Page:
ALOHA FROM JENNIE: There’s a cliché that one can either ‘eat to live or live to eat’. My coffee experiences have ranged from that one extreme to the other. First, there are many coffee suitors vying for our attention, from the fields of South America to the hilly Kona slopes of our Big Island’s Mauna Kea, Mauna Loa and Hualalai regions.
Hawaii exports 100 tons of Kona coffee annually, grown in altitudes between 800 to 2000 feet above sea level, within a perfectly mixed environment of moisture, soil and sun. A coffee bush is 4 to 8 feet tall with branches that hang downwards. The bright red cherry coffee beans grow along the branches and are typically harvested by hand between September and February, with efficient pickers collecting up to 300 pounds of beans a day.
Coffee beans are processed and sun dried, then roasted, packaged whole or ground, and sealed in airtight containers for your utilitarian use or scintillating enjoyment. The Hawaii State Department of Agriculture grades all Hawaiian coffees, and to be labeled Kona coffee, the beans must be grown between the Holualoa and Kealea areas.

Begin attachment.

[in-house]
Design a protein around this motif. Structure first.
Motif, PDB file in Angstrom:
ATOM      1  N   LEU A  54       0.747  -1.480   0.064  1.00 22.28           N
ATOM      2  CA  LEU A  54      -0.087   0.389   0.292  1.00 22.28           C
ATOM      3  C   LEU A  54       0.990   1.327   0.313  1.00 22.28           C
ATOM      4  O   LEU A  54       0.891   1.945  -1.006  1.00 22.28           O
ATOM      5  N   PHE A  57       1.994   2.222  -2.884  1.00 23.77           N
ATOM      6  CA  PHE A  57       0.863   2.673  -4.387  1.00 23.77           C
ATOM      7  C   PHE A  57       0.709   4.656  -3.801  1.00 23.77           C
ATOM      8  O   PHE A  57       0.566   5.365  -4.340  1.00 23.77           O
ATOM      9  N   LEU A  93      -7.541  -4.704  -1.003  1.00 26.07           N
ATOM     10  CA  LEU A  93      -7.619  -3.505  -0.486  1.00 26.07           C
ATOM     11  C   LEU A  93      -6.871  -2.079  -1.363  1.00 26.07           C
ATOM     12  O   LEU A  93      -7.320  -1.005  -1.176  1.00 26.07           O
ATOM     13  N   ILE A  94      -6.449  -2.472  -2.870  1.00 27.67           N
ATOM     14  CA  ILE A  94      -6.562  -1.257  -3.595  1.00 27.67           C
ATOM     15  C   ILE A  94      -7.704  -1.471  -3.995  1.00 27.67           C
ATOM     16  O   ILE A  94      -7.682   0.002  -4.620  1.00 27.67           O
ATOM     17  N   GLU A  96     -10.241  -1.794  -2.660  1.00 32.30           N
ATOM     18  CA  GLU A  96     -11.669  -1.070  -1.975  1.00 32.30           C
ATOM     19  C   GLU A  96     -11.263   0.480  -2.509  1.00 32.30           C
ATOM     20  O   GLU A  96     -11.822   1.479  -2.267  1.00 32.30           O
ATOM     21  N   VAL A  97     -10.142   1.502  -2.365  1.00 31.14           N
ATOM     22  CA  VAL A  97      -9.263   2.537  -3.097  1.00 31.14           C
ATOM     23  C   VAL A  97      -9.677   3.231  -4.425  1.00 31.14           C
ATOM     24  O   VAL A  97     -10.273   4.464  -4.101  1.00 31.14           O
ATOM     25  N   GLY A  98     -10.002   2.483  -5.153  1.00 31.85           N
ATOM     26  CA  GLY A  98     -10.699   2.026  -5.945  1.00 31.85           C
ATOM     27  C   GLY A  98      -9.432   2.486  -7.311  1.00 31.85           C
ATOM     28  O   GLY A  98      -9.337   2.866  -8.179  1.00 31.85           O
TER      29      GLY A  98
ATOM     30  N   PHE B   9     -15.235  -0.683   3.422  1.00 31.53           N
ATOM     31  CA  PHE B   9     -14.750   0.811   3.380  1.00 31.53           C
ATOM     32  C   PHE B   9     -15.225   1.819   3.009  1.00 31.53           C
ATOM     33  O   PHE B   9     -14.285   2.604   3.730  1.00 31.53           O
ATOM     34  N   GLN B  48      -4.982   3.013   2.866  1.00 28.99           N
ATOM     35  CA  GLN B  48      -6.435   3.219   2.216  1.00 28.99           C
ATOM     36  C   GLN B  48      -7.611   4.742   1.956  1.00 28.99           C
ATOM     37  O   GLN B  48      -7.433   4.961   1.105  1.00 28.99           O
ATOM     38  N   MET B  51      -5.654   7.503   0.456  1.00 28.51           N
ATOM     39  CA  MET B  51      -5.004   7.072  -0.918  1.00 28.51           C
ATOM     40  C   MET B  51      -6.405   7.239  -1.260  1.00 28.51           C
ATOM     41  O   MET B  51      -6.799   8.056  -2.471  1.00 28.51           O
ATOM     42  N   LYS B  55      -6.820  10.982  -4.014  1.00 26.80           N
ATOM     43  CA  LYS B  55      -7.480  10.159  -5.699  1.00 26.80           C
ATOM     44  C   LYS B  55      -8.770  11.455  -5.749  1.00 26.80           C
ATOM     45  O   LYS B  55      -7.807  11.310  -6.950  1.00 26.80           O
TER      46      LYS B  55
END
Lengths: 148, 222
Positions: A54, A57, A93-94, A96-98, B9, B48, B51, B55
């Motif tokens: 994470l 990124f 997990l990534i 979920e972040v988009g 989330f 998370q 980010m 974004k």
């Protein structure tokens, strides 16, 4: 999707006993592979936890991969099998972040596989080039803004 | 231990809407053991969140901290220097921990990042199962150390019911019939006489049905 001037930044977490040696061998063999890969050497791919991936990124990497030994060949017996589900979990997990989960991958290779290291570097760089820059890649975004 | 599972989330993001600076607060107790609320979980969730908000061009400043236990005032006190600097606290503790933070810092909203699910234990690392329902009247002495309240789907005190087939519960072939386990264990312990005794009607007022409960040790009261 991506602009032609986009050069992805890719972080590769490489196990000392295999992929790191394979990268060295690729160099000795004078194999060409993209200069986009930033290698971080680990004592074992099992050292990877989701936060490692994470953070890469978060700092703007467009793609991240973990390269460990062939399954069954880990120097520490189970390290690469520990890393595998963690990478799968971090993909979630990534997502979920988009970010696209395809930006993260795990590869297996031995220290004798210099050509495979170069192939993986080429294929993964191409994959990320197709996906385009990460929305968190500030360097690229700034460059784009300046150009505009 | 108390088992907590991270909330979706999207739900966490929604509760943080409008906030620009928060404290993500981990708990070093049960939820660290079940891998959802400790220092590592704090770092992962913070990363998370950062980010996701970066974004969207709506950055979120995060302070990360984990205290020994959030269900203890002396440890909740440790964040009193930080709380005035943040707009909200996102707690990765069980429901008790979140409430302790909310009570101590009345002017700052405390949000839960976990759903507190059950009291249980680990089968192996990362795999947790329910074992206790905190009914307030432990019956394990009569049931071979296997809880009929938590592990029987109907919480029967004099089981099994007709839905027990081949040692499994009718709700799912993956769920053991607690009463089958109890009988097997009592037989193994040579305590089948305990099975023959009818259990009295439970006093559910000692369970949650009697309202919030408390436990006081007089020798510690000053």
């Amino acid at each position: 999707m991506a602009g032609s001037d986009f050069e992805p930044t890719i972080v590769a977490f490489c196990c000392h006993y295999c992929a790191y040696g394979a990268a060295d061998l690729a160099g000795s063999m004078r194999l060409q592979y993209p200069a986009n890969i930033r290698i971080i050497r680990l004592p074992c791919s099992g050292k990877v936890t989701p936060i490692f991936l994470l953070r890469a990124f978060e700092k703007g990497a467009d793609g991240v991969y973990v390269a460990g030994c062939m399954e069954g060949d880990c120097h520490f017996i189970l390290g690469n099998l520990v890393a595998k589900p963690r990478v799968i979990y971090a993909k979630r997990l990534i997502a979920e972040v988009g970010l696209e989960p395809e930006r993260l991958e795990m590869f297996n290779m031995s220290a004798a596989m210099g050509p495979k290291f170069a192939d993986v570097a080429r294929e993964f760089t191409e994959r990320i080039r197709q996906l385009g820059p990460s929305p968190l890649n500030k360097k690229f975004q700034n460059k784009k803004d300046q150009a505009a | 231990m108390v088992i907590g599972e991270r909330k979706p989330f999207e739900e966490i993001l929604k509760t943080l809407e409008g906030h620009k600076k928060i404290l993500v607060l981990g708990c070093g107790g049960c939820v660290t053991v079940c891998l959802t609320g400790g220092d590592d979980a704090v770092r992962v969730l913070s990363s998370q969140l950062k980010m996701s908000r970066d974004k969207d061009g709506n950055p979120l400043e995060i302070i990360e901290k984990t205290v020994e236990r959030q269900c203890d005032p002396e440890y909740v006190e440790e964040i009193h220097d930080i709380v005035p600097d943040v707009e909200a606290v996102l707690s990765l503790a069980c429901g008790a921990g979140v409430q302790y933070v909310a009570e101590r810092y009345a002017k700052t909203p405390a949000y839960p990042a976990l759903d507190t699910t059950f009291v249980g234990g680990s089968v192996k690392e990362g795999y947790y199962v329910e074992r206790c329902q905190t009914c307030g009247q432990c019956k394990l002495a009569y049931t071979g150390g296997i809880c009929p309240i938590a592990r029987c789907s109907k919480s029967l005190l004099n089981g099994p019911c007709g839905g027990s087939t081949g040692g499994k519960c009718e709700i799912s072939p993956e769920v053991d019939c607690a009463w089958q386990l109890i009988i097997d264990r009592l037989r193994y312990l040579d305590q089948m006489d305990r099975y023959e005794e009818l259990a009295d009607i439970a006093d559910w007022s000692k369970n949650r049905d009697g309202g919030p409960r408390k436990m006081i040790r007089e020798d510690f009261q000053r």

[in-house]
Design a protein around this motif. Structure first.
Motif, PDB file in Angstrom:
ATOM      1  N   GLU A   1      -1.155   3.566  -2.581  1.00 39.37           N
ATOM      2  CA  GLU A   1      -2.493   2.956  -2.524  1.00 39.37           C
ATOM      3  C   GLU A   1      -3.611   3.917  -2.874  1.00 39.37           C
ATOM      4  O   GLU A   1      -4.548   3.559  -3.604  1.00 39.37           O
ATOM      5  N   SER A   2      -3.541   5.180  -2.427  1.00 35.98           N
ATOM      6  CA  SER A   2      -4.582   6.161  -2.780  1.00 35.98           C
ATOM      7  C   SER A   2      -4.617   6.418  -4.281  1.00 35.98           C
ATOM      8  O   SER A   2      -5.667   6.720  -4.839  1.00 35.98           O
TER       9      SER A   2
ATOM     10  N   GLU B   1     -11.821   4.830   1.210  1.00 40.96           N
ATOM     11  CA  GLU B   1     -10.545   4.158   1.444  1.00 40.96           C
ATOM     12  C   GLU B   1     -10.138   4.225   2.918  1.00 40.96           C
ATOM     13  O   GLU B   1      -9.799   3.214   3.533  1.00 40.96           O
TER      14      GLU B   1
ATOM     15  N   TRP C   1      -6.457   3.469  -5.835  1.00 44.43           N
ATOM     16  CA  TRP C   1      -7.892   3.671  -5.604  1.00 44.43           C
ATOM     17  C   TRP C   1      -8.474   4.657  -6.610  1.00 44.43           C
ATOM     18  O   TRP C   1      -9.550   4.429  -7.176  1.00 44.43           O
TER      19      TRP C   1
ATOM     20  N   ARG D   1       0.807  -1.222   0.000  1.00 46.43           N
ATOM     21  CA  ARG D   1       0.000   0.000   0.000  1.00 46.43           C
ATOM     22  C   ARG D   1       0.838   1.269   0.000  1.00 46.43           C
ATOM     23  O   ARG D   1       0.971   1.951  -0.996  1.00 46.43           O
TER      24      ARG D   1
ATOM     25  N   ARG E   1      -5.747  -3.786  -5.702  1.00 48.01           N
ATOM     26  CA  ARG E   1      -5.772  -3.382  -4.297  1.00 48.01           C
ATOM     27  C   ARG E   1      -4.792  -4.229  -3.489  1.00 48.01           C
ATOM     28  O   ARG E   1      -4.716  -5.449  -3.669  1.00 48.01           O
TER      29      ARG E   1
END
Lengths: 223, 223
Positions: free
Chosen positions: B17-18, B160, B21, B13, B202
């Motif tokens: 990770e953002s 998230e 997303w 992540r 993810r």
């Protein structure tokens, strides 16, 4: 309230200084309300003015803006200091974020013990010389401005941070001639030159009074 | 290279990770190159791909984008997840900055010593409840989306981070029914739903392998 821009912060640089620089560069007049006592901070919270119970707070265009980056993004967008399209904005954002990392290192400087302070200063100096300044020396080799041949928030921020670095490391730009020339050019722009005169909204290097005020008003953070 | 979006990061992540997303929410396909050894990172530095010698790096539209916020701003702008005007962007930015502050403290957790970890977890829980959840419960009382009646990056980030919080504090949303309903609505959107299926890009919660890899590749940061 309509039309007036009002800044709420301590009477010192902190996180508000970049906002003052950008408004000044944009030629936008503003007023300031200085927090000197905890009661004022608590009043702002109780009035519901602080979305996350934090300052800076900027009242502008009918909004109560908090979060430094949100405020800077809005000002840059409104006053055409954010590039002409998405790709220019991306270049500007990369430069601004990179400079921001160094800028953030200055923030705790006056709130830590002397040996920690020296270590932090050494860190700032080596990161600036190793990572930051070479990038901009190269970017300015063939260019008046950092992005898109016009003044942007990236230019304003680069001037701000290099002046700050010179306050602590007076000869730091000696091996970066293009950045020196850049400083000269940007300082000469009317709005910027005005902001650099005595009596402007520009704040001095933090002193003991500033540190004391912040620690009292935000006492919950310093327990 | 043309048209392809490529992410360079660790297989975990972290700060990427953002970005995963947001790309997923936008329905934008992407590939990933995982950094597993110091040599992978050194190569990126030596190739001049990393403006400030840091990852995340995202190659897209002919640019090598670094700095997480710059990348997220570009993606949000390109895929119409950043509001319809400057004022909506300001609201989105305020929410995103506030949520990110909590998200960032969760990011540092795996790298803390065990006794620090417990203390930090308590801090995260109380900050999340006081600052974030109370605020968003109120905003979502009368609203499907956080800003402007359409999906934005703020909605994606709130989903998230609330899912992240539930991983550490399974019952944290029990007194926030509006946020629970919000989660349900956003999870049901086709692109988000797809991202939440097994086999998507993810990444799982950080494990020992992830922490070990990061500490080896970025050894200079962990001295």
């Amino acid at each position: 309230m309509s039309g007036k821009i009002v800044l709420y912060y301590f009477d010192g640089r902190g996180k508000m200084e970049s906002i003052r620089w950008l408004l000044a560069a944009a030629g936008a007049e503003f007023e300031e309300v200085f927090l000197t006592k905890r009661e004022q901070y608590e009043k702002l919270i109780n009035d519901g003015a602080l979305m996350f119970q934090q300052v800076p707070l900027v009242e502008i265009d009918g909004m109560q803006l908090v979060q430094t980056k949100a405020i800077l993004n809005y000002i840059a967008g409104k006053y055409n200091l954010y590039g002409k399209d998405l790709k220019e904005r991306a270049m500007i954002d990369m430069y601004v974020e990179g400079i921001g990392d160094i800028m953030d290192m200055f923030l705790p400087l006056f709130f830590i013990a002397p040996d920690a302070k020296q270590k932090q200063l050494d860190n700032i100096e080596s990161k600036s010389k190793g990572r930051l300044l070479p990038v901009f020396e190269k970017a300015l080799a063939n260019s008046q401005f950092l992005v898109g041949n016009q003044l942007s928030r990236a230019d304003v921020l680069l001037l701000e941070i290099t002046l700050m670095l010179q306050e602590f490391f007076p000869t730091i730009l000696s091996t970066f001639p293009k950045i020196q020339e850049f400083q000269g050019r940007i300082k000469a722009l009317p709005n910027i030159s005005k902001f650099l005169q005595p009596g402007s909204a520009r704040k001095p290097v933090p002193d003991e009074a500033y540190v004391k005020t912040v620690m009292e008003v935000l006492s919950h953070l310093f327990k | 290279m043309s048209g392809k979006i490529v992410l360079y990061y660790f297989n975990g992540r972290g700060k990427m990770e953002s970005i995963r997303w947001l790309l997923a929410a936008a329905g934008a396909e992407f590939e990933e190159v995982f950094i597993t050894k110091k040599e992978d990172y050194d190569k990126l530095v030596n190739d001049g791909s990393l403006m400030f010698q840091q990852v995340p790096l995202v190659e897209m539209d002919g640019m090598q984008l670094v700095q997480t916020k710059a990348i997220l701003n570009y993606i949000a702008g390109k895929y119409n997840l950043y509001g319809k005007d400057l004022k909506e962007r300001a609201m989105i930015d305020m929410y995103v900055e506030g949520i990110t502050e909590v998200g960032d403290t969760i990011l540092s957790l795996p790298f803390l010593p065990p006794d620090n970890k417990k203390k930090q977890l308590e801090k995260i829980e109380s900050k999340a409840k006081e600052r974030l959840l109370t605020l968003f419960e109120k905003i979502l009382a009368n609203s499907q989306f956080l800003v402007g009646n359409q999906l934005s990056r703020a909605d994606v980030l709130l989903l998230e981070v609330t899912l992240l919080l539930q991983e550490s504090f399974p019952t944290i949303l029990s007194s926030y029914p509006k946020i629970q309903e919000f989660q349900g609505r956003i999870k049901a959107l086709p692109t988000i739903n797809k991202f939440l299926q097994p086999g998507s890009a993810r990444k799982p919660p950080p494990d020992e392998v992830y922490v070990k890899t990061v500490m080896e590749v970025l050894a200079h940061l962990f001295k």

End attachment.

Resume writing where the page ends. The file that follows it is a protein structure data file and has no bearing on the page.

When one is young or transient, coffee may be made from instant grains and tepid water, or recycled from yesterday’s filter grinds, solely for the quickie caffeine fix. When one gains better resources, we start frequenting coffee houses and bars rather than gas station convenience stores, enjoying the brew in heat retaining cups and experimenting with enhancers.
As in life, when we mature and become more discriminating, one can discern the differences that result from beans that have been quickly processed to the highly coveted rich and flavorful Peaberry, which represents only 4% of all Kona coffee produced. As someone who has always had coffee passing through my life, it's nice to be able to settle in with a robust and reliable friend.
We hope that you enjoyed this glimpse into our Hawaiian coffee industry and have a chance to visit the Big Island, or to share with us some of your coffee experiences.